Lake Perris is an artificial lake completed in 1973. It is the southern terminus of the California State Water Project, situated in a mountain-rimmed valley between Moreno Valley and Perris, in what is now the Lake Perris State Recreation Area. The park offers a variety of recreational activities. Because of this and the lake's proximity to major population centers, it is very crowded during the summer months.
|Location||Lake Perris State Recreation Area|
Riverside County, California
|Basin countries||United States|
|Max. depth||100 ft (30 m)|
|Surface elevation||486.3 m (1,595 ft)|
|References||U.S. Geological Survey Geographic Names Information System: Perris Reservoir|
The California Office of Environmental Health Hazard Assessment has issued a safe eating advisory for any fish caught in the Lake Perris due to elevated levels of mercury and PCBs.
Ya'i Heki' Regional Indian MuseumEdit
The Ya'i Heki' Regional Indian Museum tells the story of the monumental State Water Project and focuses on the culture and history of the native peoples of the southern California desert region.
Lake Perris is 1,560 feet (480 m) above sea level and is ringed by hills and small mountains. It impounds 131,400 acre-feet (162,100,000 m3) of water behind a 2-mile (3 km) long, 128 foot (39 m) tall, chevron-shaped earthfill dam. The untended areas of Lake Perris are somewhat rocky and barren.
An artificial reef exists on the lake floor made of old tires. The reef was created to provide a habitat for fish.
Flora and faunaEdit
The predominant plant community, coastal sage scrub, is host to a variety of birds and wildlife. Mule deer, roadrunners, bobcats, coyotes, rabbits, quail, gopher snakes and rattlesnakes may sometimes be seen by day, though they tend to shy away from people. More frequently seen are a wide variety of lizards, rodents, water fowl, and birds of prey. Beautiful displays of wildflowers occur during the rainy season, generally November through April.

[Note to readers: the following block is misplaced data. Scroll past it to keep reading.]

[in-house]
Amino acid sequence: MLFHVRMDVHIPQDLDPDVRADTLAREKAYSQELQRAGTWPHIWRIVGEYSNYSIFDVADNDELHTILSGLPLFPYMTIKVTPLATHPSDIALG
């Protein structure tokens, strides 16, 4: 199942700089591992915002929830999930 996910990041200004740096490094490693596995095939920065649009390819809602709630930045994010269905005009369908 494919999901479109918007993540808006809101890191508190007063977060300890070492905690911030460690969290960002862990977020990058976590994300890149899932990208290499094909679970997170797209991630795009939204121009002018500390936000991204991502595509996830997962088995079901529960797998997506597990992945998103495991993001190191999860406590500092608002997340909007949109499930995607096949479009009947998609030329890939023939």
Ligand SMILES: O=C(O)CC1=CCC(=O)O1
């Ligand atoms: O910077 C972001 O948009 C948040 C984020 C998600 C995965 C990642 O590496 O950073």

The coastal sage scrub community is predominant on the south-facing slopes of the Russell mountains and Bernasconi hills and is characterized by shrubby plants including desert encelia, brittlebush, sagebrush, black sage, white sage, buckwheat, and cacti. Conditions are somewhat shadier on hillsides that face north or northwest so that chaparral plants such as chamise, penstemon, and poison oak are found.
Remnants of the original perennial grasses that once flourished in this region can still be found in the flat interior of the park surrounding the lake, but the majority of plants that now make up the valley grassland community (including Russian thistle) were imported from Europe by early settlers. Riparian areas near springs and seeps, and on east and south lakes include willows, cattails, elderberry and nettles.
More than a hundred species of birds have been spotted at Lake Perris. Many are migratory, and stop at the park briefly during their travels, while others make their permanent residence here. Meadowlarks, loggerhead shrikes, roadrunners, California thrashers, quail, wrens, sparrows, hummingbirds, golden eagles, several varieties of hawks, ospreys, and even bald eagles may be seen. Many varieties of waterfowl use the lake including pintails, widgeons, teals, mallards, shovelers, various geese, and sometimes tundra swans and pelicans. black-necked stilts, avocets, killdeer, willets, kingfishers, egrets, and herons are attracted to the water's edge.